Several years ago I began a chapter in a book about the state of the Church of Scotland with these words, “This isn’t working!”. I was talking then in particular about how as adults we don’t take learning very seriously in the church, but I think the statement applies more widely to the general malaise we find ourselves in.
And that bothers me.
Because it’s not the case everywhere… but we seem to be plunging headlong into policies that will make things worse, not better.
Multi-church pastorates or hubs or groups or whatever you want to call them are only about spreading a resource (ministers) more thinly. There is NO evidence that they stimulate church growth.
2, 3, 4, 5 or even 6 sets of everything.
No room for relationship.
No space or time for innovation.
Just spinning the every more wobbly plates of what is.
The Church of Scotland wants every parish to have a fresh expression of church by 2020. The URC is promoting fresh expressions with great enthusiasm. Brilliant. Except the timescale shows that there is no real understanding of what a fresh expression is or how developing one works. A truly new expression of church is a community that gathers and grows to a point that they might want to create their own culturally appropriate version of church.
There are two parts of that which are vital; creating community and innovation. Those take time, lots and lots of it, and space. (And coffee)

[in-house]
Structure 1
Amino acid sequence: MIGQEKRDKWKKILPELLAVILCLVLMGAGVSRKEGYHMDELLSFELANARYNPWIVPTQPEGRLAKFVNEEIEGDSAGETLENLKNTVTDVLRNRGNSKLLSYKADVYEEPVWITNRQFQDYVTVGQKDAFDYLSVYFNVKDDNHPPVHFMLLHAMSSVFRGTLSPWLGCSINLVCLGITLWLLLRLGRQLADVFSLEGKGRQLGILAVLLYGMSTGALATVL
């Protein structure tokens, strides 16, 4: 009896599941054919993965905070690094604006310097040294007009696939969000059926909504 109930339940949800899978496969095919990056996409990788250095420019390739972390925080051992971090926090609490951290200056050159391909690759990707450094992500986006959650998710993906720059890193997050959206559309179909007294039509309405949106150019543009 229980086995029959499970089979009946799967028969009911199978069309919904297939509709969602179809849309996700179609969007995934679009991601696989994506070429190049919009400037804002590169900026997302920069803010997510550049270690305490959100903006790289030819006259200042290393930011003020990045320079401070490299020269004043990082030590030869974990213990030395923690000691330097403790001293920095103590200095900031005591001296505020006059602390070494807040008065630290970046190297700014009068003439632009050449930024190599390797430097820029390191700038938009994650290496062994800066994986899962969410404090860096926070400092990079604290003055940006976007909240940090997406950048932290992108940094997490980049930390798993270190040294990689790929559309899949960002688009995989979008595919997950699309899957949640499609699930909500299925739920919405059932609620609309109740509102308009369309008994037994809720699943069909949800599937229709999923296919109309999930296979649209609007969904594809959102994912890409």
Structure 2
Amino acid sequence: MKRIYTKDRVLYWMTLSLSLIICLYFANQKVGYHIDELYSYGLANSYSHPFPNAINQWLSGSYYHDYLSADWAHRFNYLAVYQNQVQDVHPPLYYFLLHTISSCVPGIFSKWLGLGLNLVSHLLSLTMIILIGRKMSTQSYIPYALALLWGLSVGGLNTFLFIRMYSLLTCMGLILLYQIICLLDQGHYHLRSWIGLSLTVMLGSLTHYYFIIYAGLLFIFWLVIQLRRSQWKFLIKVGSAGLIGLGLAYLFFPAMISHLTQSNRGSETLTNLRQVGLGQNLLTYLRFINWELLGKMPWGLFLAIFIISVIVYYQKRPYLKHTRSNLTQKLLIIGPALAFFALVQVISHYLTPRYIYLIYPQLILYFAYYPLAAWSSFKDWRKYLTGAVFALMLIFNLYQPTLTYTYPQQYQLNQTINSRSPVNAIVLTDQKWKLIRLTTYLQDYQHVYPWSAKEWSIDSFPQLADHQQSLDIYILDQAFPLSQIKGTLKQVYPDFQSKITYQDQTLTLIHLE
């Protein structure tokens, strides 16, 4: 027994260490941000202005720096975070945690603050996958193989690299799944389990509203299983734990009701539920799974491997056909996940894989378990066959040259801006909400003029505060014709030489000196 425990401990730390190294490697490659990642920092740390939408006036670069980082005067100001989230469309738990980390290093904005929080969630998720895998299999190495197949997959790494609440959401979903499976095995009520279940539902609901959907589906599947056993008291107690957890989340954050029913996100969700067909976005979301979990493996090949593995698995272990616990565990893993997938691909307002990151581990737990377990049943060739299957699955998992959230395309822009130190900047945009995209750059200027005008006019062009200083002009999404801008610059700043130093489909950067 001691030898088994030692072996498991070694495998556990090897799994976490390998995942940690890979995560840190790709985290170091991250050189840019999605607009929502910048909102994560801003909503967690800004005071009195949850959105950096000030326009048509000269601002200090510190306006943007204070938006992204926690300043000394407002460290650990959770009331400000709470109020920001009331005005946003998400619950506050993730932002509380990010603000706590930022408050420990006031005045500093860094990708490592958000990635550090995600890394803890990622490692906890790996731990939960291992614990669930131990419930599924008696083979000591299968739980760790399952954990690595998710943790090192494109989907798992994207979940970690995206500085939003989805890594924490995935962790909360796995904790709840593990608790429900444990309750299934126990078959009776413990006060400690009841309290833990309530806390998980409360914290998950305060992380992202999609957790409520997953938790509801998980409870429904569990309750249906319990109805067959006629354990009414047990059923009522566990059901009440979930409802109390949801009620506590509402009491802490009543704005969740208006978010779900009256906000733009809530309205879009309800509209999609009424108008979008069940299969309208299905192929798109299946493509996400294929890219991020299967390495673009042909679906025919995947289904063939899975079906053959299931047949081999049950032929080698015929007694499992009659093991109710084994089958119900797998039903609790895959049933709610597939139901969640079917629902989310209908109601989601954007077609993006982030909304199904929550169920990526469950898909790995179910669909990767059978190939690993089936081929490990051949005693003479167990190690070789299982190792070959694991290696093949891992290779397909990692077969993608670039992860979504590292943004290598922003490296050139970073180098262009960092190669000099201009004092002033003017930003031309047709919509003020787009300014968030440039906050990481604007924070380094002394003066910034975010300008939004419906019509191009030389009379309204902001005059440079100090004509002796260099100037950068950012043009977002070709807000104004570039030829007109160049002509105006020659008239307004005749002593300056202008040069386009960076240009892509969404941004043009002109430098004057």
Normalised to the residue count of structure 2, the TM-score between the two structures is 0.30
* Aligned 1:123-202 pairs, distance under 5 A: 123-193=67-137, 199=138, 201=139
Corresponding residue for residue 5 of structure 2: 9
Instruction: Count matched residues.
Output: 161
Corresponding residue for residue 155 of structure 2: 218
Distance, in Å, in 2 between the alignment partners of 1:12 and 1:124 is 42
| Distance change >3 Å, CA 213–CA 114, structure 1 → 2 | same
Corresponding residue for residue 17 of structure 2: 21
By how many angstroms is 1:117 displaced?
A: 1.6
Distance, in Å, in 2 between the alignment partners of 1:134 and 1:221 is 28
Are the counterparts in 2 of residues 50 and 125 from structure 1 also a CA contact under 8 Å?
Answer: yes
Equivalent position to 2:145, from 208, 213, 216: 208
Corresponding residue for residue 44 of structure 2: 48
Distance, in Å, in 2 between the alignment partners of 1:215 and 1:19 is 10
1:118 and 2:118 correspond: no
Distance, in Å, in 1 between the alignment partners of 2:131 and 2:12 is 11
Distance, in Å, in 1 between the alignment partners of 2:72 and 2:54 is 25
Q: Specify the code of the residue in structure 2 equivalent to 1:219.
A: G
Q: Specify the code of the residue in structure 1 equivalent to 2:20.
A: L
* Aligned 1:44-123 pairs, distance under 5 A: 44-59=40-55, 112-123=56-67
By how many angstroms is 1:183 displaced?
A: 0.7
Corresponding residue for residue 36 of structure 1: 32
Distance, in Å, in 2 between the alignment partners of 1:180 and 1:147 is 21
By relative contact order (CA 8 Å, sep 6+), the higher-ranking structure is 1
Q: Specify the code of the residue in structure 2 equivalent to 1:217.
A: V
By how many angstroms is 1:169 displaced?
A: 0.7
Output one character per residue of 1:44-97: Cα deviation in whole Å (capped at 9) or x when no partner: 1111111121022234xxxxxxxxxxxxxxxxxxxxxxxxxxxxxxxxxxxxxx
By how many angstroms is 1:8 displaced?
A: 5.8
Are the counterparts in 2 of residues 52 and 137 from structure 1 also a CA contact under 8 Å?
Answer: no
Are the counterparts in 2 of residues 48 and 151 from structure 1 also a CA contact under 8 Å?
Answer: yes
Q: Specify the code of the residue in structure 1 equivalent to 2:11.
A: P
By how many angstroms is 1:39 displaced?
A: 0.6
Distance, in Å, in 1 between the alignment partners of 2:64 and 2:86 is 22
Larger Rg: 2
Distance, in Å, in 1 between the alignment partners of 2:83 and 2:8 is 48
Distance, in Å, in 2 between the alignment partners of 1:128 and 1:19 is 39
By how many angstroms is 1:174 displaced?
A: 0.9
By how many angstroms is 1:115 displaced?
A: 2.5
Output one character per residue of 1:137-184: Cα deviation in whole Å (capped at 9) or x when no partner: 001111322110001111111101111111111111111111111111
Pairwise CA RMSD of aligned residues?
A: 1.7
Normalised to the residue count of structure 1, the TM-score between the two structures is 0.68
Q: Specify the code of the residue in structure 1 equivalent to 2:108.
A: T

So, I’m now a minister. I’m not about to complain that I’m too busy. If I am then that’s my fault. But I work with just one church. Just one set of meetings, one building, one set of organisations and one place to be on a Sunday. And I could spend as much time as I have just keeping that all working.
Throw in another church and all space for creating community goes out the window. Throw in any more and innovation goes too.
Of course we should involve people in helping lead worship. Most Sundays I announce the hymns and preach. Other people do almost everything else. But the preaching part is the bit I’m trained for. Not that others can’t do it. They can. Of course they can. But what’s the point of me if not to do that. I’m a minister of word and sacrament after all.
Perhaps it comes down to this…
Spreading a limited resource ever more thinly has never been the solution to anything.
Should we deploy some ministers to one church and have others to maintain the rest? Like a midwife and palliative care model?
Should we hold our hands up and admit that training people as theologians with skills in Greek and Hebrew but no community work training or serious input on work with children and young people might not be the best model of training, important though those things are?
Should ministers be facilitators? Has the one person show de-skilled and debilitated our churches to a point where we are so stuck we are paralysed?
The answer to all this lies somewhere in our experience. I wrote a series of posts a few years ago where I wondered if the church was similar to someone living with the symptoms of depression and anxiety. Interestingly people who had experienced those thought I was onto something while those who had not thought I was completely wrong. I mention this because recovery almost always begins with a decision to get well. To change. To take control. Without that decision things often stay the same. Often that is helped by talking to people who what already made the same journey.
So, are we ready for recovery?
What do you think?